I wanted to write something for Memorial Day but my own words fail me. I don't think I can appreciate to the fullest what this Holiday is to mean and I think it is lost to most of us lazy, ungrateful Americans who forget our past and the sacrifices made on our behalf. Even now as our nation is currently at war, if it doesnt touch us close or know someone personaly it is easy to think it is a far off thing that can go to the back of our mind.
My son is starting to be a Civil War buff. They covered it in his 5th grade social studies class this year and for what ever reason he really enjoys learning about that era. When they have shows on the History Channel or Discovery he drives me nuts by pre-programming them in and often times it is on after his bed time. He leaves books all over the house and now and then I pick them up and actually see what my boy is learning. In the upstairs bathroom he had one about the Gettysburg Address.
Now I am sure I have read the story before and who hasn't heard the Address it's self in every elementary school but I gleaned new things from reading it again as I sat on the throne or the thinking chair as it is sometimes refereed to. I didn't know or remember that this famous speech was given at a dedication of a grave yard for those on both sides of the Civil War, that the citizens of the town of Gettysburg had raised the fund from states all over our country to make one befitting those who had fought and died. I also didn't know that Lincoln was so unpopular in his time either nor that he had drafted this address over three times wanting to get it just right and in the end went for a shortened version because he knew he would be following a long winded speaker. His words echo down threw our history, reminding me to remember those who have died, past and current wars and what they have died for, so that they may of not died in vain,
"that from these honored dead we take increased devotion to that cause for which they gave the last full measure of devotion -- that we here highly resolve that these dead shall not have died in vain -- that this nation, under God, shall have a new birth of freedom -- and that government of the people, by the people, for the people, shall not perish from the earth."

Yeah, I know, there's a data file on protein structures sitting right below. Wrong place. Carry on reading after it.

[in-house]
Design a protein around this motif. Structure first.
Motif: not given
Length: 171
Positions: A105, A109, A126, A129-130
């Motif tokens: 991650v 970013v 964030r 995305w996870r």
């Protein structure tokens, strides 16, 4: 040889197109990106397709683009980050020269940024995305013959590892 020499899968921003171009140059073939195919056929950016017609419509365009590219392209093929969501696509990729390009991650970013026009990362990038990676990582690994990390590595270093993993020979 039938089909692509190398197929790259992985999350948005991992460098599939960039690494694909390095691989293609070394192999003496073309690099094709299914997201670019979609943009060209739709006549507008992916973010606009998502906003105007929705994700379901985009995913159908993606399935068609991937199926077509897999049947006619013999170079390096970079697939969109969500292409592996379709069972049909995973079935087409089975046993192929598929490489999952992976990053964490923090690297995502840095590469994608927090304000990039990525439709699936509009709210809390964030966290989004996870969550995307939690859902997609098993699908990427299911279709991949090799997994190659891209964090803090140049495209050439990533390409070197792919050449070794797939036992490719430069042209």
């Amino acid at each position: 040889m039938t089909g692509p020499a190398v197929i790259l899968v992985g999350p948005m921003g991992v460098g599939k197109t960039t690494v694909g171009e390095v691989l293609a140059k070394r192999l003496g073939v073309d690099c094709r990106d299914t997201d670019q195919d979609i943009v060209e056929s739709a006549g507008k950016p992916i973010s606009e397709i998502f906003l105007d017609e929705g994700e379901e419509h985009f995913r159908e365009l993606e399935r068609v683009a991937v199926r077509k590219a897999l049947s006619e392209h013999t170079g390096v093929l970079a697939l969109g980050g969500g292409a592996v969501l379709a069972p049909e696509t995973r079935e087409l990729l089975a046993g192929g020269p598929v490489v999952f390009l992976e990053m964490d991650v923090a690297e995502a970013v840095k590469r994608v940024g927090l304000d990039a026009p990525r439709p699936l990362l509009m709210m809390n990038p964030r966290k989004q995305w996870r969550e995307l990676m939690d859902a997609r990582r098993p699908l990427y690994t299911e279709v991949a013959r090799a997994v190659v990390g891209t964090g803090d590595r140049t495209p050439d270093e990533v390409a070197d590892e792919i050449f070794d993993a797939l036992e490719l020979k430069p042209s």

Take a few moments of your time to re-read this speech that you may of heard long ago and let it sink in today of all days.
GETTYSBURG ADDRESS (1863)
Four score and seven years ago our fathers brought forth on this continent, a new nation, conceived in Liberty, and dedicated to the proposition that all men are created equal.
Now we are engaged in a great civil war, testing whether that nation, or any nation so conceived and so dedicated, can long endure. We are met on a great battle-field of that war. We have come to dedicate a portion of that field, as a final resting place for those who here gave their lives that the nation might live. It is altogether fitting and proper that we should do this.
But, in a larger sense, we can not dedicate -- we can not consecrate -- we can not hallow -- this ground. The brave men, living and dead, who struggled here, have consecrated it, far above our poor power to add or detract. The world will little note, nor long remember what we say here, but it can never forget what they did here. It is for us the living, rather, to be dedicated here to the unfinished work which they who fought here have thus far so nobly advanced. It is rather for us to be here dedicated to the great task remaining before us -- that from these honored dead we take increased devotion to that cause for which they gave the last full measure of devotion -- that we here highly resolve that these dead shall not have died in vain -- that this nation, under God, shall have a new birth of freedom -- and that government of the people, by the people, for the people, shall not perish from the earth.
Source: Roy P. Basler, ed., The Collected Works of Abraham Lincoln, vol. 7 (1953-1955), 22.